When you start to have these conversations, the old joke is that if anyone could predict what was going to happen with interest rates, they wouldn’t be buying real estate and would be a very wealthy person.  In our position we think about this question on a daily basis. 

Across our portfolio we’ve executed loans in just about every fashion–10-year terms, 3-year terms, fixed rate and floating rate.  We really do try to match the loan to the business plan for the asset.  And we try to look at the market and what makes sense for the deal. Three years ago, with interest rates sitting around 4% we decided to get fixed rate loans on a couple of assets we were buying in Austin.  On both occasions, we loved the locations and long-term nature of the business plan.  Fixed rate debt made sense. 

Fast forward to today, and interest rates have continued to drop.  Meanwhile, multifamily asset prices have shot up across both Austin and San Antonio.  Investor interest and demand for Central Texas continues to lead the nation and rental growth rates are eclipsing 15%.  In a few cases, values on our assets today are where we expected them to be in five or seven years from now. Suffice to say things have gone very well for the market and our asset values.  But as we sit and evaluate the business plans, those pesky fixed rate loans show up.  The ones with the big pre-pay penalties where we locked in a return to the bank.  

To be sure, it’s a good problem to have. But as we wrestle with options to maximize value for investors, writing the bank a check for $5,000,000 or more stings–and impacts investor returns. Maybe fixing those interest rates wasn’t such a smart idea, with hindsight always being 20/20.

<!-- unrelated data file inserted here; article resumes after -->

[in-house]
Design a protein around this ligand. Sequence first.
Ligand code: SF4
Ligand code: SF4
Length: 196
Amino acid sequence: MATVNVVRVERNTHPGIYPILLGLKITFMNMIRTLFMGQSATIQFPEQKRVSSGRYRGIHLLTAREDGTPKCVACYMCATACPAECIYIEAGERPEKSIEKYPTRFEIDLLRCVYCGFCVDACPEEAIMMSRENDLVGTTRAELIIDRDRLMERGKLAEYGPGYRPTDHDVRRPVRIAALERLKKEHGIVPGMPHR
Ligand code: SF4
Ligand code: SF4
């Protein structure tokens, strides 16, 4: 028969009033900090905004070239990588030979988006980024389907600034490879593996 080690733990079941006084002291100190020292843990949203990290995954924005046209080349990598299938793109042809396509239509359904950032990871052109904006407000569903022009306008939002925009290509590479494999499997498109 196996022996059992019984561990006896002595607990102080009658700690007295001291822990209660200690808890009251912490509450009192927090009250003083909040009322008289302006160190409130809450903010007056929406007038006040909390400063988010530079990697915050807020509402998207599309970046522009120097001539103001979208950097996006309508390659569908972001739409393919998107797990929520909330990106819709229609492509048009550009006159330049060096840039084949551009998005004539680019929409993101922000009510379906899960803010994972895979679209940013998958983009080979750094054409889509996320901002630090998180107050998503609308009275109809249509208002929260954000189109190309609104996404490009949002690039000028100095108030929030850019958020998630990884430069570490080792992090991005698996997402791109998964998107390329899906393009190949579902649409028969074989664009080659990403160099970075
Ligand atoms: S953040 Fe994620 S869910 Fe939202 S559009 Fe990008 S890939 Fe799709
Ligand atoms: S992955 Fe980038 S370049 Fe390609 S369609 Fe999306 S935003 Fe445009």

On the buy side, we think about the deals we’re closing now.  Interest rates again sit at all time (and new) lows. But now, the Fed is promising to start tapering their lending–and ultimately raise rates.  The treasury rates have shot up over the last 60 days and the market seems to believe interest rates will rise.  If we lock in a fixed rate loan and rates rise, we’ll look really smart 3-5 years from now.  Conversely, if we sign up for a 7-yr loan and rates don’t rise, we would again face a pre-payment penalty if we wanted to try and sell early. 

The old adage goes that as soon as you opt for a fixed rate loan, rates will drop–and when you opt for a floating rate loan they’ll rise.  It’s a bit of a joke that the market is never really your friend.  So it comes back to buying assets you believe in with realistic business plans. And if you’re sitting here trying to make decisions about early exit fees and big pre-payment penalties, it probably means you’re way ahead of the plan for that asset and investors are going to win either way. 

As we ponder whether to fix or float the rate on our next deal–we’ll let you know.  You should immediately place a bet opposite of what we do.

Andrew Campbell

Written by Andrew Campbell

Andrew Campbell is a native Austinite and Managing Partner at Wildhorn. He is a real estate entrepreneur who first broke into the business in 2008 as a passive investor. In 2010 he transitioned into active investing and management of a personal portfolio that grew to 76 units across Austin and San Antonio. He earned his stripes building and managing his personal portfolio before founding Wildhorn Capital and focusing on larger multifamily buildings. At Wildhorn, he is focused on Acquisitions and maintaining Investor Relations, utilizing his marketing and communications background to build long-term relationships.